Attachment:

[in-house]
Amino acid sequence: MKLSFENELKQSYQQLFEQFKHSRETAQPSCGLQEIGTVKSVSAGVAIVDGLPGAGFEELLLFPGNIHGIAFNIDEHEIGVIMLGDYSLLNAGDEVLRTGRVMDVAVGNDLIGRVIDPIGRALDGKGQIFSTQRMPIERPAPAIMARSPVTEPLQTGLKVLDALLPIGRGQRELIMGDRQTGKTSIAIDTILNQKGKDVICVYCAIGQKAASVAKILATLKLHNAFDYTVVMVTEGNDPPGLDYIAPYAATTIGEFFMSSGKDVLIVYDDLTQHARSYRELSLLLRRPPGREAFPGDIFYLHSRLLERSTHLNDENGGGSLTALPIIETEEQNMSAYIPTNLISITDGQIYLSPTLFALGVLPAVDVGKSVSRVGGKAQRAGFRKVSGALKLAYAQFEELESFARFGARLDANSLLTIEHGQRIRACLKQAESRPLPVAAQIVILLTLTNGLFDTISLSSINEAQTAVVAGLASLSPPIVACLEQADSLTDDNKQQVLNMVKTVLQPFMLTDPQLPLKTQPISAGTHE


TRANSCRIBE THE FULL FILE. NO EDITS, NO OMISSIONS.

[in-house]
Amino acid sequence: MKLSFENELKQSYQQLFEQFKHSRETAQPSCGLQEIGTVKSVSAGVAIVDGLPGAGFEELLLFPGNIHGIAFNIDEHEIGVIMLGDYSLLNAGDEVLRTGRVMDVAVGNDLIGRVIDPIGRALDGKGQIFSTQRMPIERPAPAIMARSPVTEPLQTGLKVLDALLPIGRGQRELIMGDRQTGKTSIAIDTILNQKGKDVICVYCAIGQKAASVAKILATLKLHNAFDYTVVMVTEGNDPPGLDYIAPYAATTIGEFFMSSGKDVLIVYDDLTQHARSYRELSLLLRRPPGREAFPGDIFYLHSRLLERSTHLNDENGGGSLTALPIIETEEQNMSAYIPTNLISITDGQIYLSPTLFALGVLPAVDVGKSVSRVGGKAQRAGFRKVSGALKLAYAQFEELESFARFGARLDANSLLTIEHGQRIRACLKQAESRPLPVAAQIVILLTLTNGLFDTISLSSINEAQTAVVAGLASLSPPIVACLEQADSLTDDNKQQVLNMVKTVLQPFMLTDPQLPLKTQPISAGTHE